A 16m x 4m (52’ x 13’) garden, mostly paved, with small borders along each side containing cottage-garden style perennials and climbing roses, and a mature Prunus at the far end.
The client wanted to create a space where planting areas and living space flowed together, and to avoid ‘pretty’ or delicate plants, instead focusing on ferns and plants with architectural interest. The planting also needed to provide a suitable environment for a young puppy. The result is an informal gravelled space, with scattered groups of ferns and specimen plants such as Chamaerops humilis growing through the gravel. Containers with spring bulbs and ornamental Acers provide seasonal colour, together with the existing Prunus and climbing roses.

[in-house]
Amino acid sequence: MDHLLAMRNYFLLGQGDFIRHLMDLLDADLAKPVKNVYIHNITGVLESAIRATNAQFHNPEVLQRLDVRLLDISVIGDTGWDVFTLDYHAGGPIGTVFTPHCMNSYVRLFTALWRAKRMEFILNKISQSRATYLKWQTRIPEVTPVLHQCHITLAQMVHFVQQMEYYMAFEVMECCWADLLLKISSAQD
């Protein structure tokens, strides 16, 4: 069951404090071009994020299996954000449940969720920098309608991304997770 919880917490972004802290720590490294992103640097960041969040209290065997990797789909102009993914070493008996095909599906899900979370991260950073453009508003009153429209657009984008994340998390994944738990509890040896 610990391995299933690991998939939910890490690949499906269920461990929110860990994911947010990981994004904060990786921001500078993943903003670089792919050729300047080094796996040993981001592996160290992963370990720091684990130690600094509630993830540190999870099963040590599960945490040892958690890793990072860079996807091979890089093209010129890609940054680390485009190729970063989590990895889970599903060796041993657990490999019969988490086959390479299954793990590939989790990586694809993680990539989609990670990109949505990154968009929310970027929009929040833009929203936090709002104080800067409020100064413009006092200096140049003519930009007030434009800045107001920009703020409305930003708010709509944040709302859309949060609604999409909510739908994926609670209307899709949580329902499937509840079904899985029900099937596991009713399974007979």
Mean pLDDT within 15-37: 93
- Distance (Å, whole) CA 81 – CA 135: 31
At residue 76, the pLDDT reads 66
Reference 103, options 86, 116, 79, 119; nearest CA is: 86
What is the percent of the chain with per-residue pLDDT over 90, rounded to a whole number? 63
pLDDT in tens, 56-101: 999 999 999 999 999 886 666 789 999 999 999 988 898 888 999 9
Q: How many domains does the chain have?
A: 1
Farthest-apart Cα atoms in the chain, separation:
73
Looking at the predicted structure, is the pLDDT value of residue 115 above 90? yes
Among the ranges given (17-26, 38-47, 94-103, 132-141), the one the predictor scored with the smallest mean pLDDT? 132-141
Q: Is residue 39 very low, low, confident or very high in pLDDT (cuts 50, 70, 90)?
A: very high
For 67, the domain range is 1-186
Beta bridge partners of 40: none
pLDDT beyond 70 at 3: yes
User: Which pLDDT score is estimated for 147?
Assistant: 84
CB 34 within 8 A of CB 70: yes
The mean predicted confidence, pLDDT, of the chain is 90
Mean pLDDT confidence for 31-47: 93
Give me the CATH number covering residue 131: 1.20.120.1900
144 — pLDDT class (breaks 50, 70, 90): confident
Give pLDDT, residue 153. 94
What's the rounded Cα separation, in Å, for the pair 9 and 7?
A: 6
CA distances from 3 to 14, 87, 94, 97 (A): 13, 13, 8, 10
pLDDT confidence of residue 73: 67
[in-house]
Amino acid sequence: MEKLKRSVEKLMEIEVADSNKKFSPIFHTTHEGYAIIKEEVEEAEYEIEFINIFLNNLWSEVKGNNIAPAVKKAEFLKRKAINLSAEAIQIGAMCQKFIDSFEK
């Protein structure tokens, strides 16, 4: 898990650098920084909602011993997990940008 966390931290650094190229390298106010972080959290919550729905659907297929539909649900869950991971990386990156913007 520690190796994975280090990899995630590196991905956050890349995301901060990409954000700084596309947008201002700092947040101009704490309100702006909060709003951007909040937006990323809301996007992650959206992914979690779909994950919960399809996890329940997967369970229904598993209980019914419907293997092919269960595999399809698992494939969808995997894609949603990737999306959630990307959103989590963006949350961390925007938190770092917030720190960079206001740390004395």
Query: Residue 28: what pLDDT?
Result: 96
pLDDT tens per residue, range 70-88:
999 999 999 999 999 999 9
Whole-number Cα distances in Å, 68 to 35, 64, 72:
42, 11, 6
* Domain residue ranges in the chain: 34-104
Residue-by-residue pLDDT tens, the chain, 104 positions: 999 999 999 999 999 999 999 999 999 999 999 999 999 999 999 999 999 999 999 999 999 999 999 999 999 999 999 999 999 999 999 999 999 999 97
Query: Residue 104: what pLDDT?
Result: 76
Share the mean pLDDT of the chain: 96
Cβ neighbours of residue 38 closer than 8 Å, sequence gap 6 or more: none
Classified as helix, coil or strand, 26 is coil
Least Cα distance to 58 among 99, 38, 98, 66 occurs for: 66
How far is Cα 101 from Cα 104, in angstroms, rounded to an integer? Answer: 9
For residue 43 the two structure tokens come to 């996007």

At the far end of the garden an area of artificial grass, separated from the main garden by plants and a line of reclaimed railway sleepers, provides a dedicated space for the dog to play in. Railway sleepers have also been used to create a seating area near to the house.
The initial planting consists of those plants that are reasonably ‘puppy-proof’ i.e. the two Acers in containers, the ferns and the palm. The bulbs, which can be toxic to dogs, have been indicated as future planting, to be added once the dog is past the stage of chewing everything.